- if the complaint includes incomplete information or supporting documents,
- if the complaint refers to a previously settled complaint.
After the Expert Committee has finished its consideration of the complaint, they may come to the conclusion that the complaint is negotiable. Should the committee arrive at this conclusion, it may ask the complainant and the offender to enter into negotiations to arrive at a mutual settlement instead of imposing administrative penalties themselves.
The Expert Committee aims to typically finish their consideration of the complaint within 90 days of its first meeting. This period may be extended twice, for up to 60 days each time with the approval of the PDPC.
Once the examination has been completed by the Expert Committee, they will notify the complainant of the outcome and provide their reasoning for this decision.
Should the complaint be rejected or dismissed because it falls within the authority of another law or authority, the complainant may then submit the complaint to that authority for consideration.
If the complaint is found to be not negotiable, or the parties fail to reach an amicable settlement, the Expert Committee will consider the complaint and may impose administrative penalties on the data controller or processor in accordance with the PDPA.
How can Belaws help?
If you need more information about the PDPA and how to ensure full compliance, you can talk directly to one of our experts.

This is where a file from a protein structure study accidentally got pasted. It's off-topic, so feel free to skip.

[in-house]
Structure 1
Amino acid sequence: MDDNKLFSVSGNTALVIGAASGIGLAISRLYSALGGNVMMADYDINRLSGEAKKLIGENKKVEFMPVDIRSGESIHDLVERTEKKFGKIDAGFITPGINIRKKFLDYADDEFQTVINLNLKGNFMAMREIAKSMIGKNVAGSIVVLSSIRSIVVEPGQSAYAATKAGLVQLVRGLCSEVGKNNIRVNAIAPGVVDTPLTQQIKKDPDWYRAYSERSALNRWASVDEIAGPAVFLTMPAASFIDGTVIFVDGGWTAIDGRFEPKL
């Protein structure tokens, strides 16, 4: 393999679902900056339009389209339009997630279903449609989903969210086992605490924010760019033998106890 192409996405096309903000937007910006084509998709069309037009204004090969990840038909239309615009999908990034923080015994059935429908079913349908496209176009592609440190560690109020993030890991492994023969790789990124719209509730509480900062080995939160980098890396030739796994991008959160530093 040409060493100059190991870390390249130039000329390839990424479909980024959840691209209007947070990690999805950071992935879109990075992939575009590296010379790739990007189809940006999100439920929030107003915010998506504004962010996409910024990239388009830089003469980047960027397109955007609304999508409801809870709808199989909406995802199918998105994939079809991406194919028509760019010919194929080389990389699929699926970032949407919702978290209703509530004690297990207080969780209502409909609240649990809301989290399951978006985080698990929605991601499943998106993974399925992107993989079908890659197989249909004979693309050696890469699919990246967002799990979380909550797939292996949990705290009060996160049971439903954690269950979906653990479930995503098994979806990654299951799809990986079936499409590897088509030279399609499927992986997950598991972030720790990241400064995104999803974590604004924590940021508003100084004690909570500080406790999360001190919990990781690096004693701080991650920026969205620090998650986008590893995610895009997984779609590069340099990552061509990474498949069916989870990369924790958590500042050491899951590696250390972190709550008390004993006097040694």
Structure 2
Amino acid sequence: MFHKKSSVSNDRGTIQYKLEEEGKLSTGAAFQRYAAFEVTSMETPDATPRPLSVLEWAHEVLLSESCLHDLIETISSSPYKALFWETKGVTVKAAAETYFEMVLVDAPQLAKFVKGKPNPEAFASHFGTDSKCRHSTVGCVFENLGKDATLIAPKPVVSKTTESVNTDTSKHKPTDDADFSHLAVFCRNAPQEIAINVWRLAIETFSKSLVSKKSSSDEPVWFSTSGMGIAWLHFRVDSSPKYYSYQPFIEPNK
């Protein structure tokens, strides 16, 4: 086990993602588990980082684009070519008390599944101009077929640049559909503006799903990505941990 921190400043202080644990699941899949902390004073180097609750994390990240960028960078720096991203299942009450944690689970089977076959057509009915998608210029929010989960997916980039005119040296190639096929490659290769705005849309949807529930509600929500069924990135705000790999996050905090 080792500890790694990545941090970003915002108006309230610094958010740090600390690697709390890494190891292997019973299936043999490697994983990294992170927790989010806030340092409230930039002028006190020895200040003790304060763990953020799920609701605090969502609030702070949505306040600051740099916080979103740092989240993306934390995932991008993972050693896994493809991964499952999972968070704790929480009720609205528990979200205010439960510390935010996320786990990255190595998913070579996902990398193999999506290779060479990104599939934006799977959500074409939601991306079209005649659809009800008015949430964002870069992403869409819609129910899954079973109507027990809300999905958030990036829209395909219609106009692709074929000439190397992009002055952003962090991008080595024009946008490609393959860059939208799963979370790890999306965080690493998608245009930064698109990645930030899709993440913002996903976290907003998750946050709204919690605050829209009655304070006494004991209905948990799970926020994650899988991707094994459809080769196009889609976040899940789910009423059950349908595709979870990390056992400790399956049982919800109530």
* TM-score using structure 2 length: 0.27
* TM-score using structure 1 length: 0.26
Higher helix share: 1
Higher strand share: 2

Please note that this article is for information purposes only and does not constitute legal advice.
Our consultations last for a period of up to 1 hour and are conducted by expert Lawyers who are fluent in English, French and Thai.
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Frequently asked questions
Can foreigners open a restaurant in Thailand?
Foreigners cannot 100% own a restaurant in Thailand as stipulated by the Foreign Business Act. A Thai company which has at least one Thai national shareholder (who owns > 50% of the shares) must be used.
How do I open a restaurant in Thailand?
- Choose the business location for your restaurant and enter into a lease agreement.
- Identify the right company structure for your business and complete the registration process.
- VAT registration.
- Acquire the relevant visas and work permits.
- Apply for the relevant business licenses.
Can foreigners Open business in Thailand?
Yes, it is possible for for foreigners to open a business in Thailand. However, it is important to note that Thailands Foreign Business Act prohibits certain business activities from being performed by 100% foriegn owned companies.
Can a foreigner open a bar in Thailand?
Yes, but as with a restaurant it cannot be a 100% foriegn owned business and a Thai company which has at least one Thai national shareholder (who owns > 50% of the shares) must be used.
Is Thailand a good place to start a business?
Over the years, Thailand has developed an effective pro-investment policy, supported by an enterprising Board of Investment (BOI). Particular emphasis has been placed on free trade and tax incentives. As a business-friendly destination, foreign investors and entrepreneurs in Thailand can benefit from a large number of privileges actively sponsored by the government, such as exemption from corporate tax or exemption or reduction of import duties. Non-tax benefits include the right to own land through a Thai limited company or the ability to own all the shares in a company by obtaining a foreign business license or a BOI promotion.
How much does it cost to open a business in Thailand?
Incorporating a Private Limited Company in Thailand with Belaws starts at 20,000 THB (excluding VAT).